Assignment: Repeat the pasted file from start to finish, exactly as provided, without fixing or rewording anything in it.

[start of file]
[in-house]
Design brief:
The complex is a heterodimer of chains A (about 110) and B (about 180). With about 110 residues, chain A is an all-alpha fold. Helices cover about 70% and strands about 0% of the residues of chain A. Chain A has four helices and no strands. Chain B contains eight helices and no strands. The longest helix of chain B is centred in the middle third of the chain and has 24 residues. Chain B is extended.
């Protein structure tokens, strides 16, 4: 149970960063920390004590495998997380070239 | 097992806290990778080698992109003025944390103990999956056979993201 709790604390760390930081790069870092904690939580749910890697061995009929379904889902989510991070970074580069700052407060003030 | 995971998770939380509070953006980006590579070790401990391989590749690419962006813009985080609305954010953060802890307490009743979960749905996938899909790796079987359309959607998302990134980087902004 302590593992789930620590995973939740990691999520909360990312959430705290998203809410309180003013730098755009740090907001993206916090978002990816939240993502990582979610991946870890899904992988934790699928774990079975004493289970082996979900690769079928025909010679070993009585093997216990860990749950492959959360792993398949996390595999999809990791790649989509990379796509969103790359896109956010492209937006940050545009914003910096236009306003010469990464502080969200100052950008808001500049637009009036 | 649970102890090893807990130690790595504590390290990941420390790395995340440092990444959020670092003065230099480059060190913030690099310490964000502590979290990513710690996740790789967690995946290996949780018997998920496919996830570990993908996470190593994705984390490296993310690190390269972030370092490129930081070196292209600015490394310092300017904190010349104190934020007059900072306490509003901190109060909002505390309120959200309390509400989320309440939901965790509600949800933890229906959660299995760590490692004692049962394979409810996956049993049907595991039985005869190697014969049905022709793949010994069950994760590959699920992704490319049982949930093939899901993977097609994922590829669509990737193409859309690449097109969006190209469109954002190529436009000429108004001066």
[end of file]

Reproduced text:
[in-house]
Design brief:
The complex is a heterodimer of chains A (about 110) and B (about 180). With about 110 residues, chain A is an all-alpha fold. Helices cover about 70% and strands about 0% of the residues of chain A. Chain A has four helices and no strands. Chain B contains eight helices and no strands. The longest helix of chain B is centred in the middle third of the chain and has 24 residues. Chain B is extended.
């Protein structure tokens, strides 16, 4: 149970960063920390004590495998997380070239 | 097992806290990778080698992109003025944390103990999956056979993201 709790604390760390930081790069870092904690939580749910890697061995009929379904889902989510991070970074580069700052407060003030 | 995971998770939380509070953006980006590579070790401990391989590749690419962006813009985080609305954010953060802890307490009743979960749905996938899909790796079987359309959607998302990134980087902004 302590593992789930620590995973939740990691999520909360990312959430705290998203809410309180003013730098755009740090907001993206916090978002990816939240993502990582979610991946870890899904992988934790699928774990079975004493289970082996979900690769079928025909010679070993009585093997216990860990749950492959959360792993398949996390595999999809990791790649989509990379796509969103790359896109956010492209937006940050545009914003910096236009306003010469990464502080969200100052950008808001500049637009009036 | 649970102890090893807990130690790595504590390290990941420390790395995340440092990444959020670092003065230099480059060190913030690099310490964000502590979290990513710690996740790789967690995946290996949780018997998920496919996830570990993908996470190593994705984390490296993310690190390269972030370092490129930081070196292209600015490394310092300017904190010349104190934020007059900072306490509003901190109060909002505390309120959200309390509400989320309440939901965790509600949800933890229906959660299995760590490692004692049962394979409810996956049993049907595991039985005869190697014969049905022709793949010994069950994760590959699920992704490319049982949930093939899901993977097609994922590829669509990737193409859309690449097109969006190209469109954002190529436009000429108004001066």